THE NECK, TOP LINE AND BODY should blend smoothly together, with the length of the neck in balance with the body so that the head is carried gracefully. The chest should be deep, and as a rule, in line with the elbows. Aside from aesthetics, the main reason for requiring a level back is that the power generated in the hindquarters is delivered forward by thrust, through the spinal column to the forequarters. A straight column of bones delivers thrust to a better advantage than one that is curved. When the ribs are carried well back, the loins will be short. If you think of the loins as a bridge between the front and rear of the dog, you can understand that a short bridge will be stronger than a long one. It will also help to square the body. The rump curves slightly to a low tail set. A to flat rump usually gives a dog a higher tail set and consequently, straighter stifles.
THE FOREQUARTERS of front assembly, help to give the Boston Terrier its stylish movement. The shoulders are sloping and well laid back. This kind of shoulder requires an angle of 90 degrees, which gives the dog the proper reach in front. When the shoulders are well laid back, the neck will be the proper length. A dog with straight shoulders will also have a neck that is too short, with a shorter reach of the front legs. When the front legs are suspended, they will drop perfectly straight without toeing in or out. While we do not call the feet “cat’s feet”, they are cat-like; small round, and compact.
THE HINDQUARTERS provide the power that is needed to give a dog the drive or push to propel the front. The stifle must be well angulated, with a long upper and lower thigh and the hocks should be well let down, or short in comparison, to give the dog endurance. When the hindquarters have the correct length of bone and angulation, they will be well muscled.
THE GAIT of the Boston Terrier is that “of a sure footed, straight gaited dog, forelegs and hind legs moving straight ahead in line with perfect rhythm, each step indicating grace and power.” The key words in this description are “grace and power”. From this, one can see that the Boston Terrier was not meant to move with dysplastic hindquarters or like a wind-up toy. If he does not move correctly, he cannot convey an “impression of determination, strength, and activity, with style of a high order, carriage easy and graceful.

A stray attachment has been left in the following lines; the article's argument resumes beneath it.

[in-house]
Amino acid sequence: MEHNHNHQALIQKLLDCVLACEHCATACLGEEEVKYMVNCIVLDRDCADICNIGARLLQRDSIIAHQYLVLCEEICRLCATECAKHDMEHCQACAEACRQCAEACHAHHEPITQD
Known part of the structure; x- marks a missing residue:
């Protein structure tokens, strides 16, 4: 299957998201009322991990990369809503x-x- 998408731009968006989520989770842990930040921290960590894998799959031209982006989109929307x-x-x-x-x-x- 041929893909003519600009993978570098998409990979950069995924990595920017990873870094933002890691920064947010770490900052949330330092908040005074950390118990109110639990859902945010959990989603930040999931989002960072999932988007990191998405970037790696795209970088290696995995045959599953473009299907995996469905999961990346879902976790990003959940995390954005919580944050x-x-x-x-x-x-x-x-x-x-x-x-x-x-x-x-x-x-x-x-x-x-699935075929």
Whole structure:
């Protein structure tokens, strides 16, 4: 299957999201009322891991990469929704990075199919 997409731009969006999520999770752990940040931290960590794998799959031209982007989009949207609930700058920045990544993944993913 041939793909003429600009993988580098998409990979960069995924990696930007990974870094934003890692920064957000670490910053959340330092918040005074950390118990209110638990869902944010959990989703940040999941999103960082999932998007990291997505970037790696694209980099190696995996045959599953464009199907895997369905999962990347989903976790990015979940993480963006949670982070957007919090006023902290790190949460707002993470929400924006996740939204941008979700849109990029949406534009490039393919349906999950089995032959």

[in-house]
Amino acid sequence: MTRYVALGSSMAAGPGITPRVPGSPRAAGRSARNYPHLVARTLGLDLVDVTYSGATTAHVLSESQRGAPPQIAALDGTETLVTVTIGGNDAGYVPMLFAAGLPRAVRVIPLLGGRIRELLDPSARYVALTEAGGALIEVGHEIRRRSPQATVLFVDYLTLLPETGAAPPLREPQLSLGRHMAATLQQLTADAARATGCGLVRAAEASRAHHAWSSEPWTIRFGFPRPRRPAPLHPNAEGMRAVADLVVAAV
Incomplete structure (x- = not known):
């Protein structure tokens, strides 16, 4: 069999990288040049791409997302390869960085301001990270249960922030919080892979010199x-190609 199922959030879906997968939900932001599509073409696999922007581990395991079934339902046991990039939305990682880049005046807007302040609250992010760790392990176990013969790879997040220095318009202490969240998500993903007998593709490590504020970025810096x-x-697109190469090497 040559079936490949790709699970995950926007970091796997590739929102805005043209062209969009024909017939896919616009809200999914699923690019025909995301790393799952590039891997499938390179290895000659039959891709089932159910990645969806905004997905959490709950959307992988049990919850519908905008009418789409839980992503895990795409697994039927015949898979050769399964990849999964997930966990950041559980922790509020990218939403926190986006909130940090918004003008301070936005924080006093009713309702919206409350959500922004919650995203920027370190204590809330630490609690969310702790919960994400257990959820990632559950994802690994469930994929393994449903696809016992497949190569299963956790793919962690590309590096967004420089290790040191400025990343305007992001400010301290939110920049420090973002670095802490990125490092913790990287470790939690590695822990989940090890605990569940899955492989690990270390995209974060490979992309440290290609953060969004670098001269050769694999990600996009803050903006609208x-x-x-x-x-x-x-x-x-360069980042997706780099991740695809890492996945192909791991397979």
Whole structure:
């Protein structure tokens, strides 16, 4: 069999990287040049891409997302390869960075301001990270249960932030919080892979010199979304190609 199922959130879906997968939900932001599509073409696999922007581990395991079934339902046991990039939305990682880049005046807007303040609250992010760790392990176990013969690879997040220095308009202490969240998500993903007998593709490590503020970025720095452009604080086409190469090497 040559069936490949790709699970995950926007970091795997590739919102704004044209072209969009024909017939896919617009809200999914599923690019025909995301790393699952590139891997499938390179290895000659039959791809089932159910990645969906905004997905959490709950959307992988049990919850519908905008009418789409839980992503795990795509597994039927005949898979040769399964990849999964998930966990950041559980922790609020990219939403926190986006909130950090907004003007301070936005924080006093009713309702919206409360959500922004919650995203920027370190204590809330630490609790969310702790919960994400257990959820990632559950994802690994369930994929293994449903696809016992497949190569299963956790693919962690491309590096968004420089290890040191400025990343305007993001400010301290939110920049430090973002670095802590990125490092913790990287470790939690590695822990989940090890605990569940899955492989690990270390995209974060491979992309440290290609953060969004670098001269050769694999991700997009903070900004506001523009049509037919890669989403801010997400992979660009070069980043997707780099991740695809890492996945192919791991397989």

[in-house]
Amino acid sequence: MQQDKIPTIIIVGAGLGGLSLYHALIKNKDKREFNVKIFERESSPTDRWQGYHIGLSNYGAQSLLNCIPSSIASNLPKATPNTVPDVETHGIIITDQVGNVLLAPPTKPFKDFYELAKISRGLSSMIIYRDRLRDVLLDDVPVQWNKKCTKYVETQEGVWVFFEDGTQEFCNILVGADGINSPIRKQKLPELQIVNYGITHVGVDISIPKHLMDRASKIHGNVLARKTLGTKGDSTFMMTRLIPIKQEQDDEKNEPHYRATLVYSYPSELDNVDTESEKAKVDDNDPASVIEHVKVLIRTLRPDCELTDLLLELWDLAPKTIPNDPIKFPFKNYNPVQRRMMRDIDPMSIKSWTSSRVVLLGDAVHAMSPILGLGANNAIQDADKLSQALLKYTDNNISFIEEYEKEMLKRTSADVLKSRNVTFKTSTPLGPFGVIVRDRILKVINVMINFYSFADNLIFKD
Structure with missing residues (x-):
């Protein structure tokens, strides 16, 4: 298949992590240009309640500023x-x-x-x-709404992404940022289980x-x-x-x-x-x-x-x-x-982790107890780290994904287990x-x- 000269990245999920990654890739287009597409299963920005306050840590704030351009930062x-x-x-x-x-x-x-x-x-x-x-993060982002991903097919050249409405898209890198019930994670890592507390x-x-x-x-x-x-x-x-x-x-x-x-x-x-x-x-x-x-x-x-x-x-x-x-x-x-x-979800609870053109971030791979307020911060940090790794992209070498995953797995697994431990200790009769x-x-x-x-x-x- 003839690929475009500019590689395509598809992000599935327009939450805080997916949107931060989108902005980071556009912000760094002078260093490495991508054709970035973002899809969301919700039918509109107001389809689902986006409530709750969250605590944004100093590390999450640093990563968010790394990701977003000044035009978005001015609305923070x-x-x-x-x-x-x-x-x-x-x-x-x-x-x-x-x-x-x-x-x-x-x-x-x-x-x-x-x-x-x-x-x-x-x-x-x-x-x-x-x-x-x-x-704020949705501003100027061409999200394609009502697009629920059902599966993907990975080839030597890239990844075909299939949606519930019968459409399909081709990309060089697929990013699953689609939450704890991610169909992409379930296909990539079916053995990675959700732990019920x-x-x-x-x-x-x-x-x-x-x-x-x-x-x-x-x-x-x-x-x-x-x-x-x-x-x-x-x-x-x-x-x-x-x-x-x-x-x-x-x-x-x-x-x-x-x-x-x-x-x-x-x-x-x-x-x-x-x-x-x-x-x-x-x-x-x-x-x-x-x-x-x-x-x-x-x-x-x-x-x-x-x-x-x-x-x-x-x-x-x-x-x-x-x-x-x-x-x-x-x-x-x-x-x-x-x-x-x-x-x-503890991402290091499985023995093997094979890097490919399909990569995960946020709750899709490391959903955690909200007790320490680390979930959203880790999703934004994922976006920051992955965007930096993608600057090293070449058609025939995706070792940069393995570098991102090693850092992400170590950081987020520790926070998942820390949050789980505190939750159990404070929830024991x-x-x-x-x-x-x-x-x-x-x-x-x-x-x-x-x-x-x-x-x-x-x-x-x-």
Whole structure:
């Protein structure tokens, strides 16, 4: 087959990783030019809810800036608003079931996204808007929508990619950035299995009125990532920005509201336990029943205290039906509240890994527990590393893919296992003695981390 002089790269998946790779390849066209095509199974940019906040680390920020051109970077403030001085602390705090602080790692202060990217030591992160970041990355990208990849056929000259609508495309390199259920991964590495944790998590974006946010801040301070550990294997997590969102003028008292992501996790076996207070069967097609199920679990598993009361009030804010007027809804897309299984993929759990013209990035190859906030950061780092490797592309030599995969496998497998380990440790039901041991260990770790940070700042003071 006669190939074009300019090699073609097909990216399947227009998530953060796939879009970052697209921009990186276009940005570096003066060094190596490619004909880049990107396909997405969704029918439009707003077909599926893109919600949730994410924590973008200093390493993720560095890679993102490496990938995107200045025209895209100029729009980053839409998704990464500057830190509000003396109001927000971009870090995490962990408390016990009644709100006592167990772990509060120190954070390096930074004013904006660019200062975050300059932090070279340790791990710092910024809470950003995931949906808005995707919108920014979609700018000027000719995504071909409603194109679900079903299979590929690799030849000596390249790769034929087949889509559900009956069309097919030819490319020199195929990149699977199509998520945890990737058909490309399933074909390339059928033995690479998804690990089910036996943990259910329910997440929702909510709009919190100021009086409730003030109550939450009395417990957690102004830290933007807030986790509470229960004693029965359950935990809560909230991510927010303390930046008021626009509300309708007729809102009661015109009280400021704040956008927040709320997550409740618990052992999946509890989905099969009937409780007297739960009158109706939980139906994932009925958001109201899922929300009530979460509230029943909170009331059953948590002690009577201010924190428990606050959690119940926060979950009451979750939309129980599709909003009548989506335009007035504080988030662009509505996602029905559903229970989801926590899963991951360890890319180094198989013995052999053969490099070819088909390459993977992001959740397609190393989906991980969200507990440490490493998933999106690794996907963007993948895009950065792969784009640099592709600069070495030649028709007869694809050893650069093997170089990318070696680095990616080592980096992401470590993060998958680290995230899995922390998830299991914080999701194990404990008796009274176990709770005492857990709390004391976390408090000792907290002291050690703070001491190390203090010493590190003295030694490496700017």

COAT texture is often determined by the color of the coat. Brindle coats are usually finer than darker colors. Fortunately, even though some coats are not as fine as others, the quality of the coat is usually determined by the condition of the dog.
COLOR AND MARKINGS are very important. They make a Boston look like a Boston. Desired markings are icing on the cake. It gives that extra bit of flashiness that sometimes is needed, However, it will not compensate for other things that they may be lacking.
THE TEMPERAMENT of the Boston Terrier is a most important requirement of the breed and one we must take care not to lose. Without their friendly disposition and intelligence, they wouldn’t be Boston Terriers.
THE SUMMARY is an abridged version of the Standard…”The Boston Terrier in a Nutshell”.
THE SCALE OF POINTS is a guide that can be used to determine the relative importance of parts of the whole dog. If it is used to critique a dog, remember that if the value of one area is lowered, it often affects another. There is also one area that has not been assigned a point value, without which a Boston would be without value and that is excellent temperament. Let us not forget it.
Boston Terrier breeder Joseph Balmer said it beautifully for us, many years ago…..
“WE ARE THE HEIRS OF THE PAST AND THE TRUSTEES OF THE FUTURE.”
The standard helps us to safeguard and improve the breed; it is our responsibility to protect the Standard.